Budget Development

What is a budget and why budgets are so important?

A budget is a project “blueprint” and it helps your sponsor determine if the proposed project. 

  • It justifies your request and shows how you calculated costs.
  • It provides a financial "blueprint" for your project if you are funded.
  • It shows that you—and the university—will manage the sponsor's funds, which are usually public money, responsibly.

Three key words to keep in mind when preparing your budget: Allowable, Allocable & Reasonable

What does allowable, allocable, and reasonable mean?

  • Allowable Costs” refers to items of cost can be funded with federal grant dollars as long as the cost fits within a framework of responsible stewardship of public funds. To be an allowable cost, the cost must not be expressly prohibited by the sponsored program regulations, the sponsored agreement, the university's own policies, or the Federal Cost Principles (found in the Uniform Guidance). Costs must be treated consistently by applying the generally accepted accounting principles appropriate to the circumstances (such as the Federal Cost Principles).
  • Allocable: Costs are incurred solely to support or advance the work of a specific sponsored research award (and only during the sponsor-approved project period).
  • Reasonable: Costs must be able to withstand public scrutiny, i.e., objective individuals not affiliated with the institution would agree that a cost is reasonable and appropriate.

Tips for Budgets

  • Read the sponsor's guidelines!
  • Keep in mind that you need to have a reasonable estimate of the project’s cost. A good rule of thumb when working on your budget is to be realistic; do not "pad" costs - but don't short-change yourself in an effort to be more "competitive" either (though you will want to check whether or not the sponsor has a maximum request amount).
  • Be sure everything in your budget is referenced in the project description/project narrative—and be sure everything mentioned in your project description that would incur cost is shown in the budget.
  • Check to see if the sponsor REQUIRES certain items (i.e. travel to a conference or planning session)  
  • Check to see if the sponsor DOES NOT ALLOW certain items (example: salaries & wages, foreign travel, F&A/Indirect Costs, etc.).
  • Discuss your project and its costs with your chair/dean.
  • Start early and contact OSRP for assistance!!

How to budget Personnel Costs?

  • You should include full salary and benefits for all UNCP faculty, staff and students participating on a sponsored project. Personnel costs may be charged as direct costs or cost-share commitments in the proposal budget.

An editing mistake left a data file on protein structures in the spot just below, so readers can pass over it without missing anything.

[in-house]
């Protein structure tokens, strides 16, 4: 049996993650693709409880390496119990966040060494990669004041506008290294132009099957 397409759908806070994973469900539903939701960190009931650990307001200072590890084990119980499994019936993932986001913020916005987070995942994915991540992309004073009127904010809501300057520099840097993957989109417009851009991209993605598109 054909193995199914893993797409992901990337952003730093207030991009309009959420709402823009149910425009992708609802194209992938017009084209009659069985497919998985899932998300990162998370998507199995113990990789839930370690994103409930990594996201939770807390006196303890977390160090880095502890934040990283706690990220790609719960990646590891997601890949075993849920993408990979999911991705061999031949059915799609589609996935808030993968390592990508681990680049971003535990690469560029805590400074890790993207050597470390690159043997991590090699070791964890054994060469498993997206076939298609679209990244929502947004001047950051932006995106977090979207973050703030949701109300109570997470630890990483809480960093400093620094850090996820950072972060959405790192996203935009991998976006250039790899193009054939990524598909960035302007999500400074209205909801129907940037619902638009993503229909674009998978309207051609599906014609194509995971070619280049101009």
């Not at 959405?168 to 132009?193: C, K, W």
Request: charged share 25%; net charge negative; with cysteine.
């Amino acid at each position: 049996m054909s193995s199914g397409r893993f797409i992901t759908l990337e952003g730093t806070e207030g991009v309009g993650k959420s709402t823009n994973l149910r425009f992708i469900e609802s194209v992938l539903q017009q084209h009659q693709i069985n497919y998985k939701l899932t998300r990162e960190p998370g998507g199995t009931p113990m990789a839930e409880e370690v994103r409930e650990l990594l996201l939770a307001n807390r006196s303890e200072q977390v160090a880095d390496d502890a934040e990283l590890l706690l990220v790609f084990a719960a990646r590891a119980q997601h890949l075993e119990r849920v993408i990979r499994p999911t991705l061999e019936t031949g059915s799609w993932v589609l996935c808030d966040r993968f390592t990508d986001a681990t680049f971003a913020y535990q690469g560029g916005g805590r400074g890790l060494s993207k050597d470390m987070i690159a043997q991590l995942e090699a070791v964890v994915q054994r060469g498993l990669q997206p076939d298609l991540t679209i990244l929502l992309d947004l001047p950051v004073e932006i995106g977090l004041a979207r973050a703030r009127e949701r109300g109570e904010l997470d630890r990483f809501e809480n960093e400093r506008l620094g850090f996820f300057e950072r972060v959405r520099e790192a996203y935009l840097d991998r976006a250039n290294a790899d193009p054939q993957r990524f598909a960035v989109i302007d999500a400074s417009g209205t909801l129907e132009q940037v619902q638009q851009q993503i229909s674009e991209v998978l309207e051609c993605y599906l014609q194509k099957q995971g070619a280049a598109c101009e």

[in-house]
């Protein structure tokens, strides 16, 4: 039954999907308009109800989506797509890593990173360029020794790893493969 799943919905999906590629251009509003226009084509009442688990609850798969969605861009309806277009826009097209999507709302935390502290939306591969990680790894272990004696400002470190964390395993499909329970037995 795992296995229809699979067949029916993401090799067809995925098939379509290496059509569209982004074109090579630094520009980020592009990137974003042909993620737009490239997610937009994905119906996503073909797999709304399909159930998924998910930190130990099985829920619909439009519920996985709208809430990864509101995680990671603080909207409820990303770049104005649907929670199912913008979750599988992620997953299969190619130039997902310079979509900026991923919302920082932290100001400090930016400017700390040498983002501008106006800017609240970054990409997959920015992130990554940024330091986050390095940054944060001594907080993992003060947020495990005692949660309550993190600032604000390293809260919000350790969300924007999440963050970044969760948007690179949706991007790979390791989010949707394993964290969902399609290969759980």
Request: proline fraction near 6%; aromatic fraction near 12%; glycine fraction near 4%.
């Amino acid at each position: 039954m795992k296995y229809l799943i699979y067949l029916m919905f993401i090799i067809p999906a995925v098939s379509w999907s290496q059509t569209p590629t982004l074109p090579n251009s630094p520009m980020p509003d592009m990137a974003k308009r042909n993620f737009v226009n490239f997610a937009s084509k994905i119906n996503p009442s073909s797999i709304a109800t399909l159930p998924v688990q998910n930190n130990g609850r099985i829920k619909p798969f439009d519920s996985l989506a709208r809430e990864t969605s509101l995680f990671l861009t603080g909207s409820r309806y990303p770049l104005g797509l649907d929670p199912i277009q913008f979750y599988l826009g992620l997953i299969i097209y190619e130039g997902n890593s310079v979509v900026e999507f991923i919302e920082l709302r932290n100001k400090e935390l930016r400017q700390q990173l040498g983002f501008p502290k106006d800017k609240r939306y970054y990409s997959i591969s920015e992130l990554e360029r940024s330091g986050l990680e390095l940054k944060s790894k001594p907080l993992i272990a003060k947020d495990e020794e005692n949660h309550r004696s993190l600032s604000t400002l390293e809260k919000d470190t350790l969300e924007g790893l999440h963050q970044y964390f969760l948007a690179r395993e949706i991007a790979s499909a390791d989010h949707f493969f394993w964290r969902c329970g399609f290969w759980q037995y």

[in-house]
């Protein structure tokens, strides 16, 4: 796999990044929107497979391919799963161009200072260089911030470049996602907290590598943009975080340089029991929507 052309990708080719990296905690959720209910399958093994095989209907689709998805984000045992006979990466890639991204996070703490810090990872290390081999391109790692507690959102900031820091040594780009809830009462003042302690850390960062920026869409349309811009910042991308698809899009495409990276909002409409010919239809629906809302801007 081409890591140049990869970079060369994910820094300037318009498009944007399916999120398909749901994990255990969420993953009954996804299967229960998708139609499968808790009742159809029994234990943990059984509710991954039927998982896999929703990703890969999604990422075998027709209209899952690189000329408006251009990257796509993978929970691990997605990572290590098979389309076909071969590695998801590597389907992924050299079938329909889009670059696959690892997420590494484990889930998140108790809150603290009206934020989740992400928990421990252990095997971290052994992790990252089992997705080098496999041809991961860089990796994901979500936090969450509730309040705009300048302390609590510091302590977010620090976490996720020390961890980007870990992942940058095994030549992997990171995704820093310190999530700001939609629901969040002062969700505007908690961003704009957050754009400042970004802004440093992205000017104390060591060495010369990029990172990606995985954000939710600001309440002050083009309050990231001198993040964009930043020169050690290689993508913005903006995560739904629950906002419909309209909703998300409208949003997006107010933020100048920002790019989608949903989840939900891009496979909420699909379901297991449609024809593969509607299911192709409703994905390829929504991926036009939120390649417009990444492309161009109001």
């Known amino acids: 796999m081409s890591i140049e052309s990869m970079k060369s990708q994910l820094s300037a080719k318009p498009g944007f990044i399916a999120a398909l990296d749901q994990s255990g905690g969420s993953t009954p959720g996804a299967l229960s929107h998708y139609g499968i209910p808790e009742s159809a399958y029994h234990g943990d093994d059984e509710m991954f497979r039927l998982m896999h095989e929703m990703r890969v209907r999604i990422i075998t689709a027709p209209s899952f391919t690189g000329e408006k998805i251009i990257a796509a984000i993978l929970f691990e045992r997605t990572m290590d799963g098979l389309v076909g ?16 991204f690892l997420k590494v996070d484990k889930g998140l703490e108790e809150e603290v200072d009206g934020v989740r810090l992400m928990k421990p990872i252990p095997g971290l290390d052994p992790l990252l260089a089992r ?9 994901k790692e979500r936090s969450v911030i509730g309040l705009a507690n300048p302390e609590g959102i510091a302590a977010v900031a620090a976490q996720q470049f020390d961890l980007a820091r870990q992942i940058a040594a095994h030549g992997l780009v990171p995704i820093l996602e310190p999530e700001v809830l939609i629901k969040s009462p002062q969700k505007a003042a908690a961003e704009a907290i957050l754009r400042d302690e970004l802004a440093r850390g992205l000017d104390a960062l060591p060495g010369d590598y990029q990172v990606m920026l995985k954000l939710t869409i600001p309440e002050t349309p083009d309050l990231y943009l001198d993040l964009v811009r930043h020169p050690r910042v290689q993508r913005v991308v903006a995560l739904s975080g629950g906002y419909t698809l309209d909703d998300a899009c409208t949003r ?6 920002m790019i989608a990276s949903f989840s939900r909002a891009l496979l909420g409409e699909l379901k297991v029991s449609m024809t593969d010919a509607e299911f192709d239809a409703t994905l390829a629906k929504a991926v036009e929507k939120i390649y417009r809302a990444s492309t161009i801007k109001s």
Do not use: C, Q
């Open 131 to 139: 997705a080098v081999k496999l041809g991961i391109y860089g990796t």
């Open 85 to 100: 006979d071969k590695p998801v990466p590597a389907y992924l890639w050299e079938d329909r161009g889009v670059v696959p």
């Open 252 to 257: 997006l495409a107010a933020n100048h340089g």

• Salaries and wages are determined by the amount of time spent by each person on the project
  • For faculty, calculate a dollar value for each person's time and effort using his/her current Institutional base salary (IBS), or 9-month base salary (which does not include compensation for administrative duties, summer teaching, etc.). OSRP will help you calculate this appropriately and accurately.
    • Example: If the project requires 25% effort of a faculty member during the academic year, you should include 2.25PM of his/her current base salary in the budget.

Tip:  A “person month” is the metric for expressing the effort (amount of time) principal investigators (PIs), faculty and other senior personnel devote to a specific project. The effort is based on the type of appointment of the individual with the organization; e.g., calendar year (CY), academic year (AY), and/or summer term (SM); and the organization’s definition of such. For instance, some institutions define the academic year as a 9-month appointment while others define it as a 10-month appointment.

"For a full-time member of the faculty or EPA staff, the salary approved by the Chancellor, Board of Trustees, or Board of Governors is the base salary to be paid during the contract period. No additional compensation may be paid for University duties that are generally related to the position to which the individual is appointed during the Contract Period."

  • To help you calculate the amount of supplemental compensation faculty are eligible to earn outside the contract period (i.e., the summer) or, in rare exceptions, during the academic year, you may request OSRP for a Supplemental Pay Tracking table.
  • Keep in mind sponsors must provide written approval of any supplemental compensation to be paid during the academic year before it occurs. And that once the project is awarded you’ll need to provide periodic effort certification (time and effort).